Haemochromatosis

Also known as

  • " Curse of the Celts"
  • Bronze Diabetes

A genetic disorder causing the body to absorb an excessive amount of iron from the diet: the iron is then deposited in various organs, mainly the liver, but also the heart, endocrine glands such as the pancreas, and joints. This is iron overload.

Condition details

The excess iron is stored in the body's tissues and organs, particularly the skin, heart, liver, pancreas, and joints. Because humans cannot increase the excretion of iron, excess iron can overload and eventually damage tissues and organs. For this reason, hereditary hemochromatosis is also called an iron overload disorder. Early symptoms of hereditary hemochromatosis are nonspecific and may include fatigue, joint pain, abdominal pain, and loss of sex drive. Later signs and symptoms can include arthritis, liver disease, diabetes, heart abnormalities, and skin discoloration. The appearance and progression of symptoms can be affected by environmental and lifestyle factors such as the amount of iron in the diet, alcohol use, and infections.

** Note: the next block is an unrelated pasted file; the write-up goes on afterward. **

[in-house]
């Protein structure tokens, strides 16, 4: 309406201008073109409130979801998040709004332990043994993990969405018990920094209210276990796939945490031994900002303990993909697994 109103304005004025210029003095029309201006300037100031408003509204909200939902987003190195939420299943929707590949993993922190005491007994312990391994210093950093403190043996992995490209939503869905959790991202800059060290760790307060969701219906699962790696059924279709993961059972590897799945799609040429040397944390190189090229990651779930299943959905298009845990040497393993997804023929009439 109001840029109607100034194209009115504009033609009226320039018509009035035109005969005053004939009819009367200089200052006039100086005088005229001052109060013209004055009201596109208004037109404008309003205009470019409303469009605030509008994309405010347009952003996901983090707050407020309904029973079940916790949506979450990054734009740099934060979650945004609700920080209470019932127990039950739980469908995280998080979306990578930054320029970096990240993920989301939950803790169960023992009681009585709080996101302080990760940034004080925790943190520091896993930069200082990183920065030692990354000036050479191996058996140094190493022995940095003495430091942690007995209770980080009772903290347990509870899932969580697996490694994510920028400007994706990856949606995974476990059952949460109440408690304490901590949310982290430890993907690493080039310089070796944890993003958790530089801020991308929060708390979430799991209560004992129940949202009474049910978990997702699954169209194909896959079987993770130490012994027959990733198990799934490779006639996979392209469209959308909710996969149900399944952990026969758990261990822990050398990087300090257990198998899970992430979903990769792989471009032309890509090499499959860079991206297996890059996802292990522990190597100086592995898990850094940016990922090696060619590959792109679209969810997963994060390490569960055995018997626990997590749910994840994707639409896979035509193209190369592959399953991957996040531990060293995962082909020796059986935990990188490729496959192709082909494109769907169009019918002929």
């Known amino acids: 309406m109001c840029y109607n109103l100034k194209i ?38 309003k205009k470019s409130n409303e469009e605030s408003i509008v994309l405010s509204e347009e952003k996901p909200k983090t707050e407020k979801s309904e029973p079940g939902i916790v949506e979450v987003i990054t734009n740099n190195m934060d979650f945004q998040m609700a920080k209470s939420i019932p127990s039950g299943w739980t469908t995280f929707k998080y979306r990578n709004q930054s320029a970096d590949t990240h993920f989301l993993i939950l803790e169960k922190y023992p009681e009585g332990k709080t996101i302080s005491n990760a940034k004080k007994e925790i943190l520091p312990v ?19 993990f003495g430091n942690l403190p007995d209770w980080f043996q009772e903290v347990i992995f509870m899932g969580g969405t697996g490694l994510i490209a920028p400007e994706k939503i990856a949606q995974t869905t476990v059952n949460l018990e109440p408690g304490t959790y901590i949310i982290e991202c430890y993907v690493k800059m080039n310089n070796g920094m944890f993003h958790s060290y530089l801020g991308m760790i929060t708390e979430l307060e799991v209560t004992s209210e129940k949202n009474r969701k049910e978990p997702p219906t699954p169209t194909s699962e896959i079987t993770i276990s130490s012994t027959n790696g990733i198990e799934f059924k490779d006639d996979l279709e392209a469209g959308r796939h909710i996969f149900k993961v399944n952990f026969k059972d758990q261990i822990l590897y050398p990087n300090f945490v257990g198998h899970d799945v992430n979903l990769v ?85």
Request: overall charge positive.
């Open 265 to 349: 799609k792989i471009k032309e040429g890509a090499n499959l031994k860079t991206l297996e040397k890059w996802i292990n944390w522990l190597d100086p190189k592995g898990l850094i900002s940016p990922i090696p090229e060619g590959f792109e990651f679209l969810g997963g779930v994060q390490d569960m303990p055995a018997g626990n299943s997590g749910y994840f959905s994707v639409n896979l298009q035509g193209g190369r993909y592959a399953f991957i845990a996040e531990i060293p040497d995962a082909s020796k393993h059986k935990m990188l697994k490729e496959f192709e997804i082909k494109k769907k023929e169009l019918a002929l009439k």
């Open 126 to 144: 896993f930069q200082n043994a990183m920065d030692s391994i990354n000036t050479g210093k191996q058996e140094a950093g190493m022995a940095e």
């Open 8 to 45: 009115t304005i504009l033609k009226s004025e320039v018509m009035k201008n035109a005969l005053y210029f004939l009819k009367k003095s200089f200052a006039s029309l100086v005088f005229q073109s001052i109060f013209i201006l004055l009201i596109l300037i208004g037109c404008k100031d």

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Photos of affected individuals

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  • No baby imageBaby
  • No toddler imageToddler
  • No child 4-10 imageChild 4-10
  • No child 10-18 imageChild 10-18
  • No adult imageAdult

Typical age range of first manifestation

  • Does not manifest in Baby
  • Does not manifest in Toddler
  • Does not manifest in Child 4-10
  • Does not manifest in Child 10-18
  • Can manifest in Adult

Symptoms

Affected genes identified to date

  • HFE
  • HFE2
  • HAMP
  • TFR2

Inheritance patterns

Is X-linked Is Autosomal recessive

Type 4

Type, 1, 2 and 3

Are carriers affected?

How many are affected?

1 in 5 men over the age of 45yrs of Celtic background e.g. Irish, Scottish in the British Isles, Ireland, East coast of America ans South coast of Australia, will carry genetic markers and will become ill , while other family members will carry gene

Support groups and organisations

The Haemochromatosis Society
PO Box 6356,
Rugby,
CV21 9PA.
Tel 03030 401 102
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